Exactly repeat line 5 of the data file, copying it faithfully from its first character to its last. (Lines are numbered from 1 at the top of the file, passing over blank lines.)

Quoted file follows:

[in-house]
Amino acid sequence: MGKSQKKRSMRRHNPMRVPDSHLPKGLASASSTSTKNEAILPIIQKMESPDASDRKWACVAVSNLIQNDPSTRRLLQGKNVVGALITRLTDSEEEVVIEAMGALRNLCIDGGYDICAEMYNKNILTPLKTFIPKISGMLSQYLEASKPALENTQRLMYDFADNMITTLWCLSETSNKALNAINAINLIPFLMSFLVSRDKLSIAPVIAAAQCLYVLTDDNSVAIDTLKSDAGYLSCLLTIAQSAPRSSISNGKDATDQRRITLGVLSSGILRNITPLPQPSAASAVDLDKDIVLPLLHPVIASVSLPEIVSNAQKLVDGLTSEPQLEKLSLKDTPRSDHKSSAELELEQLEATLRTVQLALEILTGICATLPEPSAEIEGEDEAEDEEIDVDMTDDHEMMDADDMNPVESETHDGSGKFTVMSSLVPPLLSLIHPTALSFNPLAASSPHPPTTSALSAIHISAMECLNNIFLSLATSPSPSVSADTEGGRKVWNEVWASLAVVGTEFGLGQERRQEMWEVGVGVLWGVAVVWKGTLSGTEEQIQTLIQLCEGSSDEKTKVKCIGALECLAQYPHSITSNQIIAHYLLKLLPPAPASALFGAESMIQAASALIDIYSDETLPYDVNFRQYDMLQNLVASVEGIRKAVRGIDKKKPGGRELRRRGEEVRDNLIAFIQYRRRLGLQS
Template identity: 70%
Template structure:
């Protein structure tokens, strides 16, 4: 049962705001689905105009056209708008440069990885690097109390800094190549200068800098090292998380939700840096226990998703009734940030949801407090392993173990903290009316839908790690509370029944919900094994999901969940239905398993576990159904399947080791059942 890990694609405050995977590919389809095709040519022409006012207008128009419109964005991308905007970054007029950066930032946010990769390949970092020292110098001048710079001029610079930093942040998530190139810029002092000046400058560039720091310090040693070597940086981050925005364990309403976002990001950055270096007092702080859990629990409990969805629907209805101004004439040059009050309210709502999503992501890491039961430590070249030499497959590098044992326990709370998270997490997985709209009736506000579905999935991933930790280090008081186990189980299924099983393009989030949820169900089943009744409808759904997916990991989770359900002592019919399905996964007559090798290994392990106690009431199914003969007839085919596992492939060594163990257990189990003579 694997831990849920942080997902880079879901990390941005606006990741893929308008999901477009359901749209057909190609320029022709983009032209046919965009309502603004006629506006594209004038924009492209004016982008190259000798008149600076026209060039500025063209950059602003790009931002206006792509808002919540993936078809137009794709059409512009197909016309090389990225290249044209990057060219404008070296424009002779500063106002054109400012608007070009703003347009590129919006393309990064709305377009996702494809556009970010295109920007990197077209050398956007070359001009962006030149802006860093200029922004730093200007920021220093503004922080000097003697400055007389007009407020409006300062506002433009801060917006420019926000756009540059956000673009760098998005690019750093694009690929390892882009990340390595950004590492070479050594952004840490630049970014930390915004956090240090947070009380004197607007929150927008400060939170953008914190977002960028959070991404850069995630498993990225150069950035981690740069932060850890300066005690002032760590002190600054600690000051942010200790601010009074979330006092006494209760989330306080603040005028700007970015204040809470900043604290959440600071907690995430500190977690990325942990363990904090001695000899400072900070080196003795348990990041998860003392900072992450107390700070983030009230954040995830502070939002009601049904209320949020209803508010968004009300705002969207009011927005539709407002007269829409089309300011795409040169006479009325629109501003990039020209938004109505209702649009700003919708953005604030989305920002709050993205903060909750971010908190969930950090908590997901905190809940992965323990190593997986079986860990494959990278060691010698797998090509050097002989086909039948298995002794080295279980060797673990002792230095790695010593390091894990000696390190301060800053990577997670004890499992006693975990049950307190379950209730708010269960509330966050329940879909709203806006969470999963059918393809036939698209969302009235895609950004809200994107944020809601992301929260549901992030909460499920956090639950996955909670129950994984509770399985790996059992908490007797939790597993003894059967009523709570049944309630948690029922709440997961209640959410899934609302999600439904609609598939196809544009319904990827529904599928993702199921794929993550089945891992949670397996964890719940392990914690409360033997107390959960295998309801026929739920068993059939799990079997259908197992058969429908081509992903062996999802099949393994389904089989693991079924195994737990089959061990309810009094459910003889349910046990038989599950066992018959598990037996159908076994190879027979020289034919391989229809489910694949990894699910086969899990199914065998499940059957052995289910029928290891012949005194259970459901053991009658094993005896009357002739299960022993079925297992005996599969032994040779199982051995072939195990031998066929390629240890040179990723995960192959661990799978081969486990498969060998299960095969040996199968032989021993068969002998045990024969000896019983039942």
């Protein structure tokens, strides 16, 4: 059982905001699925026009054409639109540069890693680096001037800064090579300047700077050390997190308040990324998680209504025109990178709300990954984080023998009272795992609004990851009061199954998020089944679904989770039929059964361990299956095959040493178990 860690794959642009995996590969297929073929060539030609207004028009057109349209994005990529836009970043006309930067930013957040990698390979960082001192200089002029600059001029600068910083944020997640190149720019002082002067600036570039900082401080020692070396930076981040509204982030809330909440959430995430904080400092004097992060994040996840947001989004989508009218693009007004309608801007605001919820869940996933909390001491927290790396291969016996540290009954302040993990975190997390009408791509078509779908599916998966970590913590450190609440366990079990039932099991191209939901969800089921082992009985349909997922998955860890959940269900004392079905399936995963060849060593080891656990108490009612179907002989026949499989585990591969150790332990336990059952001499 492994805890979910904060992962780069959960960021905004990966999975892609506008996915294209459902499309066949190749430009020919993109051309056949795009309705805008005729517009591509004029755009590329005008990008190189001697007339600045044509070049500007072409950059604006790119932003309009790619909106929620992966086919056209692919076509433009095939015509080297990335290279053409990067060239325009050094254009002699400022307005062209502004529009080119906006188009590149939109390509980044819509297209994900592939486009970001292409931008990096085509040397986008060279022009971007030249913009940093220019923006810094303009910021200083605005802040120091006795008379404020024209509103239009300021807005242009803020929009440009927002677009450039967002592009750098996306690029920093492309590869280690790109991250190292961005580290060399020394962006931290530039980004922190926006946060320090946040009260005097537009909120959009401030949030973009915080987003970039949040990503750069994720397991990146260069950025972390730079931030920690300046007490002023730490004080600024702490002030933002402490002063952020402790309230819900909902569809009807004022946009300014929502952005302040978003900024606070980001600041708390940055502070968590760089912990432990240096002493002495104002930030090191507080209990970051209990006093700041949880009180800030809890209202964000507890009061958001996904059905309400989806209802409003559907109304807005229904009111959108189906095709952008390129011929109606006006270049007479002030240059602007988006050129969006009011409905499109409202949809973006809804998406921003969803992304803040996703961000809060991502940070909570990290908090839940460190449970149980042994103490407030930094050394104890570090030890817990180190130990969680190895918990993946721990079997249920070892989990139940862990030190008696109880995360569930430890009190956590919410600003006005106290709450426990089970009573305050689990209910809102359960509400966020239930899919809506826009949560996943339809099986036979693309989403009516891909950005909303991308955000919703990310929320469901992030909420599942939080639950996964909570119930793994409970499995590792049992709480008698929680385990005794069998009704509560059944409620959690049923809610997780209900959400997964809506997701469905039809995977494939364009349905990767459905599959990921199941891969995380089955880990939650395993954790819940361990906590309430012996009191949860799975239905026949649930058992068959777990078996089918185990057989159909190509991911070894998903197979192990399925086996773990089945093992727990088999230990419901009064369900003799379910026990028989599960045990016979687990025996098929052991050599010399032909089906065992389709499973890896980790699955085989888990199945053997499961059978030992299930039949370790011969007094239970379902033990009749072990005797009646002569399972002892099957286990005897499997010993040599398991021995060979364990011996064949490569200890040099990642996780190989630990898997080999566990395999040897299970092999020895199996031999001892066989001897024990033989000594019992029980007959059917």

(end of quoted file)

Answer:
């Protein structure tokens, strides 16, 4: 049962705001689905105009056209708008440069990885690097109390800094190549200068800098090292998380939700840096226990998703009734940030949801407090392993173990903290009316839908790690509370029944919900094994999901969940239905398993576990159904399947080791059942 890990694609405050995977590919389809095709040519022409006012207008128009419109964005991308905007970054007029950066930032946010990769390949970092020292110098001048710079001029610079930093942040998530190139810029002092000046400058560039720091310090040693070597940086981050925005364990309403976002990001950055270096007092702080859990629990409990969805629907209805101004004439040059009050309210709502999503992501890491039961430590070249030499497959590098044992326990709370998270997490997985709209009736506000579905999935991933930790280090008081186990189980299924099983393009989030949820169900089943009744409808759904997916990991989770359900002592019919399905996964007559090798290994392990106690009431199914003969007839085919596992492939060594163990257990189990003579 694997831990849920942080997902880079879901990390941005606006990741893929308008999901477009359901749209057909190609320029022709983009032209046919965009309502603004006629506006594209004038924009492209004016982008190259000798008149600076026209060039500025063209950059602003790009931002206006792509808002919540993936078809137009794709059409512009197909016309090389990225290249044209990057060219404008070296424009002779500063106002054109400012608007070009703003347009590129919006393309990064709305377009996702494809556009970010295109920007990197077209050398956007070359001009962006030149802006860093200029922004730093200007920021220093503004922080000097003697400055007389007009407020409006300062506002433009801060917006420019926000756009540059956000673009760098998005690019750093694009690929390892882009990340390595950004590492070479050594952004840490630049970014930390915004956090240090947070009380004197607007929150927008400060939170953008914190977002960028959070991404850069995630498993990225150069950035981690740069932060850890300066005690002032760590002190600054600690000051942010200790601010009074979330006092006494209760989330306080603040005028700007970015204040809470900043604290959440600071907690995430500190977690990325942990363990904090001695000899400072900070080196003795348990990041998860003392900072992450107390700070983030009230954040995830502070939002009601049904209320949020209803508010968004009300705002969207009011927005539709407002007269829409089309300011795409040169006479009325629109501003990039020209938004109505209702649009700003919708953005604030989305920002709050993205903060909750971010908190969930950090908590997901905190809940992965323990190593997986079986860990494959990278060691010698797998090509050097002989086909039948298995002794080295279980060797673990002792230095790695010593390091894990000696390190301060800053990577997670004890499992006693975990049950307190379950209730708010269960509330966050329940879909709203806006969470999963059918393809036939698209969302009235895609950004809200994107944020809601992301929260549901992030909460499920956090639950996955909670129950994984509770399985790996059992908490007797939790597993003894059967009523709570049944309630948690029922709440997961209640959410899934609302999600439904609609598939196809544009319904990827529904599928993702199921794929993550089945891992949670397996964890719940392990914690409360033997107390959960295998309801026929739920068993059939799990079997259908197992058969429908081509992903062996999802099949393994389904089989693991079924195994737990089959061990309810009094459910003889349910046990038989599950066992018959598990037996159908076994190879027979020289034919391989229809489910694949990894699910086969899990199914065998499940059957052995289910029928290891012949005194259970459901053991009658094993005896009357002739299960022993079925297992005996599969032994040779199982051995072939195990031998066929390629240890040179990723995960192959661990799978081969486990498969060998299960095969040996199968032989021993068969002998045990024969000896019983039942």